According to the Guardian Public Health England has told students at the University of York – where one student has fallen ill with coronavirus – that the affected student “did not come into contact with anyone on campus whilst they had symptoms of the virus”. This message was, according to the Guardian, sent to students by the University but the text of the message was created by Public Health England. Continue reading “Why is Public Health England lying about coronavirus?”
The Guardian (for various reasons the paper this writer reads most often) is continually full of stories about people in poverty. There are more stories about food banks than there are stars in the sky. And “homeless” children (who it usually turns out are in fact being housed in a hostel at public expense). And people (this is one of their favourite story lines) “who have to choose between eating and heating”. And so on. Continue reading “The “austerity” crisis in the UK – it is not what it seems”
One feature of this election is how denunciations are replacing debate. Rather than say that your opponent is wrong and showing why his views are wrong by argument and (where relevant) evidence people – ordinary people, as well as politicians and the press, simply denounce the other person.
There is a strong movement in public discourse in the UK to only permit a single, approved, narrative on a wide range of questions. The unifying and ‘moral’ basis of the discourse seems to be something to do with victimhood.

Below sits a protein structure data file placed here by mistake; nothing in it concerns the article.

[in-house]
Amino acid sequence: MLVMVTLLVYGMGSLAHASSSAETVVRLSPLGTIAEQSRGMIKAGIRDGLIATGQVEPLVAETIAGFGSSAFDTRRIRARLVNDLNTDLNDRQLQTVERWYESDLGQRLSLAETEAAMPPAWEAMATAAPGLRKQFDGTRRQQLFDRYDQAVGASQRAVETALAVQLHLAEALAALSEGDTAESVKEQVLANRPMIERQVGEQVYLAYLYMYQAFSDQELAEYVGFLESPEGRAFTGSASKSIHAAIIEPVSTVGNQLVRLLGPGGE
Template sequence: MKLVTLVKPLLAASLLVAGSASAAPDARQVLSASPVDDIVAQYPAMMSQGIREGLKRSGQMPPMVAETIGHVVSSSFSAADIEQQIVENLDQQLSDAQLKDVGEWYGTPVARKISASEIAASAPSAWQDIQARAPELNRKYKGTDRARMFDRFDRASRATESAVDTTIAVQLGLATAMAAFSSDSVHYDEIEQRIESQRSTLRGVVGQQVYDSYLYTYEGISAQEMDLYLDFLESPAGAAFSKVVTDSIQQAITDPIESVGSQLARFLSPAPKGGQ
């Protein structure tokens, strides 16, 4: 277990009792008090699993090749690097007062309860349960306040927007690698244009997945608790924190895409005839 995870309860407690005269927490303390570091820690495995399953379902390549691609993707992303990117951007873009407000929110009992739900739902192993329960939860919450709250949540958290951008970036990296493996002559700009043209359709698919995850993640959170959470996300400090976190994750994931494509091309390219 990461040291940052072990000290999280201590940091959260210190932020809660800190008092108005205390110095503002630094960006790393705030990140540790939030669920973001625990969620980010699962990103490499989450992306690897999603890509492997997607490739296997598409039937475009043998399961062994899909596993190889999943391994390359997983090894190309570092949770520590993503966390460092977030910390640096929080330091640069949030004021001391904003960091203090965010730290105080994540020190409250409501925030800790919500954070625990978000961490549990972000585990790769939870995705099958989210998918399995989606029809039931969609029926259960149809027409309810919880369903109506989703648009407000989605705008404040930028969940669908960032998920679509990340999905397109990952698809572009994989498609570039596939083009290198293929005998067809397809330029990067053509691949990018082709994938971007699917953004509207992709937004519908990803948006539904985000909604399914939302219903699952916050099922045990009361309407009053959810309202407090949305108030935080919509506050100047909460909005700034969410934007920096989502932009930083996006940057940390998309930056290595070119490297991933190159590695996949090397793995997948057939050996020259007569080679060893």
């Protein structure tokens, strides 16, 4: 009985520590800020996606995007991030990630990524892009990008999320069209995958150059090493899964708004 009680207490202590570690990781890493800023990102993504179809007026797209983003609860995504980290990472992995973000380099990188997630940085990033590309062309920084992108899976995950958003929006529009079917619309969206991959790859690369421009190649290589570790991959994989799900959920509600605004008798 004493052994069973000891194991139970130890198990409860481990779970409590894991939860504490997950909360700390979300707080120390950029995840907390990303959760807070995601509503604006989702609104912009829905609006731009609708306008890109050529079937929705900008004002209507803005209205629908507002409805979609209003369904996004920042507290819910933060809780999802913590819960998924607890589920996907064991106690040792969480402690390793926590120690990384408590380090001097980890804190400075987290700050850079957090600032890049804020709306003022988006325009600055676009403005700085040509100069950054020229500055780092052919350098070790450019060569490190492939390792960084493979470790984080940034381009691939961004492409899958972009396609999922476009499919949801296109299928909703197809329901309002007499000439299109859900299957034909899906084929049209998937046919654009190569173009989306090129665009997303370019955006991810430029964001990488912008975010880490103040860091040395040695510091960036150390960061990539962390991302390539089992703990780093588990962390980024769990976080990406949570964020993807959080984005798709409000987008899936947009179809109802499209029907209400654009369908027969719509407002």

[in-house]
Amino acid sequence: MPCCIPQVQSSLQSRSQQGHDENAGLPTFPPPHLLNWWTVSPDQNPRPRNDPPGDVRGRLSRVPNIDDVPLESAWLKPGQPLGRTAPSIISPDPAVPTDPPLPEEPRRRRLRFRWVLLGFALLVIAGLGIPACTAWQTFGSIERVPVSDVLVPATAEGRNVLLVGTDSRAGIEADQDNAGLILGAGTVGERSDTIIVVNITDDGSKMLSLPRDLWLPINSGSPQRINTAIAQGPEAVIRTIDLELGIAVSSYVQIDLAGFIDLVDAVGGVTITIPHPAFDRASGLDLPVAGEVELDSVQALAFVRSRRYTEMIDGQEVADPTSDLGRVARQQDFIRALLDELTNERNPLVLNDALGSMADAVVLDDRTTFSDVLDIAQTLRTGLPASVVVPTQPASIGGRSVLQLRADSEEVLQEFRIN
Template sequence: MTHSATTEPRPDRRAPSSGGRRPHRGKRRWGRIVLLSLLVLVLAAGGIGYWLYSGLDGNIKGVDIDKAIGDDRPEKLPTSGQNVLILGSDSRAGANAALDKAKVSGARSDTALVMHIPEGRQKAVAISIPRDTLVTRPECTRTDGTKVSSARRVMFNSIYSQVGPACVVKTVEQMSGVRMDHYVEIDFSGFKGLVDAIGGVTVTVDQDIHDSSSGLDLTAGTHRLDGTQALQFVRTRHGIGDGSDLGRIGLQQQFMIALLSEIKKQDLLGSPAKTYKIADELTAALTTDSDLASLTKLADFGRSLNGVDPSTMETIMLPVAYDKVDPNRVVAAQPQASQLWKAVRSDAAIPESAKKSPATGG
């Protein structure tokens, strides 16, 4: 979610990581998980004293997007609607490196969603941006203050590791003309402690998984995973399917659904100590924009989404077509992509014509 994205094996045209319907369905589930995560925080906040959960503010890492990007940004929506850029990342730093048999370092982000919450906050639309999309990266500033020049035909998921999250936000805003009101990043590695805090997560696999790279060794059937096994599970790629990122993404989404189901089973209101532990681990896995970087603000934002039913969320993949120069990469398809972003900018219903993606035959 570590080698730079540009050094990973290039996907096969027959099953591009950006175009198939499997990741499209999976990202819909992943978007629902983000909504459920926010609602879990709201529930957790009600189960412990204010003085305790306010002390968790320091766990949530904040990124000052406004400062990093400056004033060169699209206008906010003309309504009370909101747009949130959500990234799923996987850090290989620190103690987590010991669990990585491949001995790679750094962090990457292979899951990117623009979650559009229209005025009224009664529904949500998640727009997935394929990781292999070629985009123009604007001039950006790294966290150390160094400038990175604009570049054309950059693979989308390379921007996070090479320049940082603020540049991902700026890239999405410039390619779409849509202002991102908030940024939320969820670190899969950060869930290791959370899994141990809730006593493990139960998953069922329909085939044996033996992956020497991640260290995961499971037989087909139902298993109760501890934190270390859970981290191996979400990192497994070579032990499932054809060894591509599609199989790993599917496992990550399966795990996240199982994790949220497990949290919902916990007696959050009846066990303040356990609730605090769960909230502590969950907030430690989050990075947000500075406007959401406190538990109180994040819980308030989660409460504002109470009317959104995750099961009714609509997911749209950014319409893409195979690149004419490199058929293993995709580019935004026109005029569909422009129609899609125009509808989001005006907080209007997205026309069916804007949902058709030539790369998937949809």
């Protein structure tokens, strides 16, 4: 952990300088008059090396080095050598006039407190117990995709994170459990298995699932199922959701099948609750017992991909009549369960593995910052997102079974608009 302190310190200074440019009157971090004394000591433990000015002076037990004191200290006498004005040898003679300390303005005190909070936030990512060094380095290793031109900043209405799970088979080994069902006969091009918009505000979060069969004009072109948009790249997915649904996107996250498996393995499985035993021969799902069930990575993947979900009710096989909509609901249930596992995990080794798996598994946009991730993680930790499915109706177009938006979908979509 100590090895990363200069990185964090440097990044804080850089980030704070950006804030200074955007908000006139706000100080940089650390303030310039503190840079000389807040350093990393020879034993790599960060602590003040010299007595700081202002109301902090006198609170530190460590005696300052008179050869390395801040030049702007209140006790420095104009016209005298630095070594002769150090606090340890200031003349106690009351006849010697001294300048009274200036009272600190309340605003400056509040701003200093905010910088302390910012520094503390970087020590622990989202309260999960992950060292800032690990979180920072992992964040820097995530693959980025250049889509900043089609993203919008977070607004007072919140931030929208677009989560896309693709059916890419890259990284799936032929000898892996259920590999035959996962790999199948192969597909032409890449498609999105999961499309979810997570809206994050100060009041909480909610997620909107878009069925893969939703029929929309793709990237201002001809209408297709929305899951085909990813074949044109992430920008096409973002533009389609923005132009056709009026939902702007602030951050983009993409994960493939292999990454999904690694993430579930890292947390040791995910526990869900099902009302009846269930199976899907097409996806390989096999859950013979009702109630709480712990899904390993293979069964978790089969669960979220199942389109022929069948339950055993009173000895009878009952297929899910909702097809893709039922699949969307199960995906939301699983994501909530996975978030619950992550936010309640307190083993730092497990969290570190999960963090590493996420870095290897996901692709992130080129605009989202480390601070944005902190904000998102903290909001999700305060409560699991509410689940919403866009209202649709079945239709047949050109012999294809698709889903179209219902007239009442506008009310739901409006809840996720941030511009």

It is not allowed to express contrary opinions. People who do are hung, drawn and quartered. Their views are so obviously bigoted and wrong that no one needs to actually present a reason why they are wrong. In expressing contrary opinions they are not seen as mistaken but as evil. If people make a public humiliating apology – and almost all do – they may be permitted to remain in the fold, on license. Otherwise they are exiled. Politicians must spent a lot of effort making sure they don’t transgress. It is obvious that many politicians express opinions which they don’t hold so as not to fall foul of the thought police.
Who is driving this discourse – which has arisen only in the last 10-20 years or so?
The first part of the judge-run inquiry into the Grenfell Tower fire has been released. The Guardian reports that the London Fire Brigade comes in for some criticism – for example that they were not prepared for this kind of contingency. Sir Martin Moore-Bick also apparently comments that more people could have been saved if the order to evacuate had been given sooner. (That is long after the rationale for the stay-put policy had been rendered irrelevant by circumstances and long after the time when most people could have been gotten out safely). Continue reading “Apathy and complacency that even mass death cannot shake”
The London Fire Brigade Commissioner has explained that more research is needed into “buildings that fail”. This, apparently, is intended to be a credible response to the failings of the London Fire Brigade to evacuate a tower block when the whole building was in flames. Even by the ordinary standards of blasé dereliction of responsibility by British public officials this is outlandish. Continue reading “Grenfell Tower – a fatal case of institutional paralysis”
The under-occupancy Penalty was introduced by the 2012 Welfare Reform Act. It is known as the “bedroom tax” by agitators who want to misrepresent the penalty as a tax. It sounds better to be campaigning against a tax than against a penalty for under-occupying social housing. Continue reading “The Bedroom Tax and the Market”